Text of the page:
U.S. stock futures extended gains after government data showed the nation added 114,000 jobs last month and the unemployment rate unexpectedly fell to 7.8 percent.
Futures on the Standard & Poor’s 500 Index expiring in December increased 0.4 percent to 1,461.6 at 8:31 a.m. in New York.
The S&P 500 has rallied 16 percent this year as policy makers around the world attempted to safeguard the global economy. The benchmark index reached the highest level since 2007 on Sept. 14 after Federal Reserve Chairman Ben S. Bernanke said the central bank will buy $40 billion of mortgage securities a month, a third round of quantitative easing nicknamed QE3 by investors.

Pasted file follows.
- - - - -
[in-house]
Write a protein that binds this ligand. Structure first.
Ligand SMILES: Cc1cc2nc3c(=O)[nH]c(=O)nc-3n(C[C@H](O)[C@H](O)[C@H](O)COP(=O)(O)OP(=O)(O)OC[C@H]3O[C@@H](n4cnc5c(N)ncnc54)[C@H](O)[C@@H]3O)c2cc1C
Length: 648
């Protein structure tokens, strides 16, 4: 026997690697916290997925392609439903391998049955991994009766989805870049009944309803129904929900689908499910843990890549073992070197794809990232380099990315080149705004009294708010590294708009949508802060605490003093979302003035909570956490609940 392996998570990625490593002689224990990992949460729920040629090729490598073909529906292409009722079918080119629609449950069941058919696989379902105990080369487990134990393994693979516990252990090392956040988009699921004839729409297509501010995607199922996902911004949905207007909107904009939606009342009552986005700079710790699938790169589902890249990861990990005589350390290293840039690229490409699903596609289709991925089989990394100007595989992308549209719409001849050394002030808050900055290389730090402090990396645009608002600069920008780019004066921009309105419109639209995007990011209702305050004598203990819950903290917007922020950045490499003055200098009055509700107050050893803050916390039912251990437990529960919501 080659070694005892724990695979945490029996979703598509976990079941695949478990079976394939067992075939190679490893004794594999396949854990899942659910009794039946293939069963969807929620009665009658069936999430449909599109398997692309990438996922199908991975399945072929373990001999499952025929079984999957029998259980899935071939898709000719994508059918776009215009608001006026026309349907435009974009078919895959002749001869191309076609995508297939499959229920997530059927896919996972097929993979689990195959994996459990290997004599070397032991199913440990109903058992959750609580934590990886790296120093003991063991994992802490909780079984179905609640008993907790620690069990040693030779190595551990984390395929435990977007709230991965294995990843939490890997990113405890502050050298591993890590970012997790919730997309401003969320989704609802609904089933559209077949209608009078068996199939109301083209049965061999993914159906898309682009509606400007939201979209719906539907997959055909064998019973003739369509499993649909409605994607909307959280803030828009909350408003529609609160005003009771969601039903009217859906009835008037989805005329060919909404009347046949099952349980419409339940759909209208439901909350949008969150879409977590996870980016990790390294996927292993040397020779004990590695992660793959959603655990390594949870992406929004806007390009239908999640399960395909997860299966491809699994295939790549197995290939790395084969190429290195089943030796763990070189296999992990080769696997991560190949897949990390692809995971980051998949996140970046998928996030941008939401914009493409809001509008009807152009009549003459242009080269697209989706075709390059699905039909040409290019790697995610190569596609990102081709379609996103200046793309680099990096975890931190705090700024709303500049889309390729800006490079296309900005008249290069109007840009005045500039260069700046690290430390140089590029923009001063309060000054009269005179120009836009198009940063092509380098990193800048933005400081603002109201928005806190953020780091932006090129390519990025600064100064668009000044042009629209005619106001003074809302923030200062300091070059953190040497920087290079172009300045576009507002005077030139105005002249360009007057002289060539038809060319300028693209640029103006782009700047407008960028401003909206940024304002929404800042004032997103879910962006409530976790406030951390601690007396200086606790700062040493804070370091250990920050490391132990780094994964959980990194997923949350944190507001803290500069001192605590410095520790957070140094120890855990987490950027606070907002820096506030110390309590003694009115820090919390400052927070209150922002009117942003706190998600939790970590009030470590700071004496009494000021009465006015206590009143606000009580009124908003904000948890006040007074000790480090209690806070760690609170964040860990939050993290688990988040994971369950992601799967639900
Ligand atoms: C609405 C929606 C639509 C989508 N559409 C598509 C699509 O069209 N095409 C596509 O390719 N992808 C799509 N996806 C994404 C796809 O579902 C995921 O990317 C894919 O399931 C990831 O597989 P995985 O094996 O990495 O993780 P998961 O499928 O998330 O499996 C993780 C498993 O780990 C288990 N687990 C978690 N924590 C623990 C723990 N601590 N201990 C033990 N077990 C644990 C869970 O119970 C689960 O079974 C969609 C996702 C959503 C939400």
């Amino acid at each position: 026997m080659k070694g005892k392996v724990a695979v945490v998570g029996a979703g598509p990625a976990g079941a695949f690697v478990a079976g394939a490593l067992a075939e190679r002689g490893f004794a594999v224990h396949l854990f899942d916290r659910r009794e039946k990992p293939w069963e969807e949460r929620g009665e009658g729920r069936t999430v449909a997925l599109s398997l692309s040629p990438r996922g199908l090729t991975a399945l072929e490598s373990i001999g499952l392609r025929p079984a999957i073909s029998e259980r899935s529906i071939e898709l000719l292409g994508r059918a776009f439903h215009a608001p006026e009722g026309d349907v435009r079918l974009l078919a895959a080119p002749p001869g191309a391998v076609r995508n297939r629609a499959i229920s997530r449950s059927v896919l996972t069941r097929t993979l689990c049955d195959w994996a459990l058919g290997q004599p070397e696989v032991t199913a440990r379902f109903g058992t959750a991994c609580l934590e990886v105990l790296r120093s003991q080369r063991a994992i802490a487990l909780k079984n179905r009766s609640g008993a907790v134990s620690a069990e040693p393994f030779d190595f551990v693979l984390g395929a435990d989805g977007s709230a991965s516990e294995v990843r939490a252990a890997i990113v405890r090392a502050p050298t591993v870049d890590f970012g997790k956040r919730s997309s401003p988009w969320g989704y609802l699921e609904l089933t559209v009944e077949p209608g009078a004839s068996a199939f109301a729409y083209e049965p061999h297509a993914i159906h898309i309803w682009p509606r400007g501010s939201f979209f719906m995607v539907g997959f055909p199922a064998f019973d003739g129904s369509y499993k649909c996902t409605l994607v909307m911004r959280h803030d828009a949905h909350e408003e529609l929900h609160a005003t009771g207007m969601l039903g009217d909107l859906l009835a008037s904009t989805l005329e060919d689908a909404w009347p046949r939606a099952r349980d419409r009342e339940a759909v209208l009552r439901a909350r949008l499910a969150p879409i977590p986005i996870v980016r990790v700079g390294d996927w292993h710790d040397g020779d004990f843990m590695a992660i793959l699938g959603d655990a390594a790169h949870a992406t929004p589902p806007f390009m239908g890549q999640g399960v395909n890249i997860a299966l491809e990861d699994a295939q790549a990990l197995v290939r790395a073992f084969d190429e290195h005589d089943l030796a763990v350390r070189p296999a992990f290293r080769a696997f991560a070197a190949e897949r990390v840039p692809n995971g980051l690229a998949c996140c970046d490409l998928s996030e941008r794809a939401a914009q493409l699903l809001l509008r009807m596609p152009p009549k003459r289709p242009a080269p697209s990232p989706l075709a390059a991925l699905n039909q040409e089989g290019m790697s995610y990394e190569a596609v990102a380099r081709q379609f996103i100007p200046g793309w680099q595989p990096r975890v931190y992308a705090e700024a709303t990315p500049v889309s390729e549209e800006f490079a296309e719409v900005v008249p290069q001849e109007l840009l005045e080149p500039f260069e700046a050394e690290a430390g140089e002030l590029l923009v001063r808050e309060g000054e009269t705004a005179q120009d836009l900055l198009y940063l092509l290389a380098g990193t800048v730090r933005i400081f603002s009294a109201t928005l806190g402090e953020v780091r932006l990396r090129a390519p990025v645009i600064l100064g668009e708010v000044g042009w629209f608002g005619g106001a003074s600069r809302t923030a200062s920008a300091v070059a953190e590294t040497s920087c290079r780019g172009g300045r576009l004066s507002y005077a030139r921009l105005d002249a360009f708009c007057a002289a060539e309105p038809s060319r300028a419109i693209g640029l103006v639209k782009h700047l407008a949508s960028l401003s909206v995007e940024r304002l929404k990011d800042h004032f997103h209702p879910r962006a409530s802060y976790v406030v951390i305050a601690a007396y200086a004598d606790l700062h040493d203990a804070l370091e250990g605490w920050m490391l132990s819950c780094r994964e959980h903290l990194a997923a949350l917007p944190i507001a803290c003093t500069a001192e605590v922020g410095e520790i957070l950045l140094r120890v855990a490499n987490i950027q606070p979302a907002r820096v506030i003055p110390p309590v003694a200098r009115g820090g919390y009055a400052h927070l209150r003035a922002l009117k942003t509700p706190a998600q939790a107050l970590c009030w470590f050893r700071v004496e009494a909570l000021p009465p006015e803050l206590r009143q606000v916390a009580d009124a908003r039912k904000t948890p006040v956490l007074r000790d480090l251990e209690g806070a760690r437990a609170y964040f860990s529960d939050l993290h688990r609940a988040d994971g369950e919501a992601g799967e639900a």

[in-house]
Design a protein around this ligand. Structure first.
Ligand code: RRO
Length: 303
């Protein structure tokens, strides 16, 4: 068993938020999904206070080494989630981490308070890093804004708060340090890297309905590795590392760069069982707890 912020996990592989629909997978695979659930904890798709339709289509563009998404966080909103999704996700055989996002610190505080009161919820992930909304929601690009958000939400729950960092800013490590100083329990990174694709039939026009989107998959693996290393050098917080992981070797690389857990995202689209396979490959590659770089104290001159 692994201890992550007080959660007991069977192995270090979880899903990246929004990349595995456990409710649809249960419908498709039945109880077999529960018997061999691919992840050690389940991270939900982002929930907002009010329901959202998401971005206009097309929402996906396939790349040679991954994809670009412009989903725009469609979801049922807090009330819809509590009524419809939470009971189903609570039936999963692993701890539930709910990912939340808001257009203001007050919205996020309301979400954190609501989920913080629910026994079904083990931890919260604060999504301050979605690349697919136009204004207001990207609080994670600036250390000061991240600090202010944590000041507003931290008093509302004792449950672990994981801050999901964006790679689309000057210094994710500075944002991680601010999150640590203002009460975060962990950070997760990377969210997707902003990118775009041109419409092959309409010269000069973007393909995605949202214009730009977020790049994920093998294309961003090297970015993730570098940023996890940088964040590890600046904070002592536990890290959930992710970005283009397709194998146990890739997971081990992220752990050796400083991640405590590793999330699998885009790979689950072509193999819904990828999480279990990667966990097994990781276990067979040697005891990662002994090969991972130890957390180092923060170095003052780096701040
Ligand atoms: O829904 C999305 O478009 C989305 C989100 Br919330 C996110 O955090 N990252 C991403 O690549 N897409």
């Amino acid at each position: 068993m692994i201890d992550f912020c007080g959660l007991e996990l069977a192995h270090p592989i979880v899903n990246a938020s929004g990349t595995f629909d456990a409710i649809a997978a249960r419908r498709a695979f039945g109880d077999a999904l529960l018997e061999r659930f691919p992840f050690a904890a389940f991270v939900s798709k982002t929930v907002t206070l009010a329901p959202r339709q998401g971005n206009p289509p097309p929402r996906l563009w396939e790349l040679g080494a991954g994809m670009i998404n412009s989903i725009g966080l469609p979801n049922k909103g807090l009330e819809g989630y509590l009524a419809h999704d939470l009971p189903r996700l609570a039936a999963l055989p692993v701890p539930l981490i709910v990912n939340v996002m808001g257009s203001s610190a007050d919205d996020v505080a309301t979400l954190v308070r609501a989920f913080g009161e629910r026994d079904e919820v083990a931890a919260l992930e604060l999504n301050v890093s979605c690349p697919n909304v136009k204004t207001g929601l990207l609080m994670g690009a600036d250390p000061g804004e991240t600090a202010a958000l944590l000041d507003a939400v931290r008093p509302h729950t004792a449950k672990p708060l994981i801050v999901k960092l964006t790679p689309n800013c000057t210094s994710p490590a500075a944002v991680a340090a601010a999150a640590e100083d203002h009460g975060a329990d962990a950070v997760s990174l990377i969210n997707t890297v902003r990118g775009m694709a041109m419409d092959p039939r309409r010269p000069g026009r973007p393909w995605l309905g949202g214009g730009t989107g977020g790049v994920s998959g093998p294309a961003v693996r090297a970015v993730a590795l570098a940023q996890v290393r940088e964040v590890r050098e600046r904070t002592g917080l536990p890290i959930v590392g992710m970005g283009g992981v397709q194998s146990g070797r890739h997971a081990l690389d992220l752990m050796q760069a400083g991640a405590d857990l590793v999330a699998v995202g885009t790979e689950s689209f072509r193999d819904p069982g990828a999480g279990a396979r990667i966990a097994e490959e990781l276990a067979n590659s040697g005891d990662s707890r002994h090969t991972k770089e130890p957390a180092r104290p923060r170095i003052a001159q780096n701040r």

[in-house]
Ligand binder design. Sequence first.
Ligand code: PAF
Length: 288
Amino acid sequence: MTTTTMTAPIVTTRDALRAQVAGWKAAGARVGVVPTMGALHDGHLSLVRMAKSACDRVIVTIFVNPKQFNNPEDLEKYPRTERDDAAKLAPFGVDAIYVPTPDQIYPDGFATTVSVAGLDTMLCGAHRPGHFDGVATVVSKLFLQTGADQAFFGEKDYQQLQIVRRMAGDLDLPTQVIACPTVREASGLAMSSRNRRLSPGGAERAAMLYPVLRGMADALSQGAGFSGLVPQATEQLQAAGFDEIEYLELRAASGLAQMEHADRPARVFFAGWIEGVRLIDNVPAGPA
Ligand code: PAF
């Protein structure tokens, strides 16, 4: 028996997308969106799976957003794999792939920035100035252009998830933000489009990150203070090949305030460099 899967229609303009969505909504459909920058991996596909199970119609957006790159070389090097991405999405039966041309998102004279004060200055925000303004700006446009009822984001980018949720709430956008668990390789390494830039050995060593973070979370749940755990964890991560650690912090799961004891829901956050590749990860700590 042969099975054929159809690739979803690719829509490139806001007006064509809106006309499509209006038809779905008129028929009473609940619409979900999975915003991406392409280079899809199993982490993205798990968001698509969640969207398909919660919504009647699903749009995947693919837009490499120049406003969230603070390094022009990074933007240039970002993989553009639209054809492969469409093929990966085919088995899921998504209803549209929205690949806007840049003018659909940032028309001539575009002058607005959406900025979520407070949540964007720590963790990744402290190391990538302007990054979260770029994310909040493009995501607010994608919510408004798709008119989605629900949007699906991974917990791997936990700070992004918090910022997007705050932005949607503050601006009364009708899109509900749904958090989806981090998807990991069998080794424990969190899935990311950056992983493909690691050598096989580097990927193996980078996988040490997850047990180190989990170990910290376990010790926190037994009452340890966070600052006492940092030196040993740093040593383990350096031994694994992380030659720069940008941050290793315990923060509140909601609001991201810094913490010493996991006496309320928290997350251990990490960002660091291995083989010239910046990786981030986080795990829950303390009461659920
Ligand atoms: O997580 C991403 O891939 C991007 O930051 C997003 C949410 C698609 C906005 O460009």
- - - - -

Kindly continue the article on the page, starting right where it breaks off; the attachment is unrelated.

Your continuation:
Fed officials said they could change the size of the purchases to reduce the risks associated with the program, such as disrupting financial markets and spurring inflation, according to minutes from their last meeting released yesterday.
For the first time this year, hedge funds are turning away from a rally in the global stock market. The ratio of bullish to
bearish bets among professional speculators fell last week and is below historical averages, according to a survey by International Strategy & Investment Group. The reduction came as
the MSCI All-Country World Index extended its yearly advance to 12 percent and contrasts with January, when managers bought shares as they rose, data compiled by ISI and Bloomberg show.
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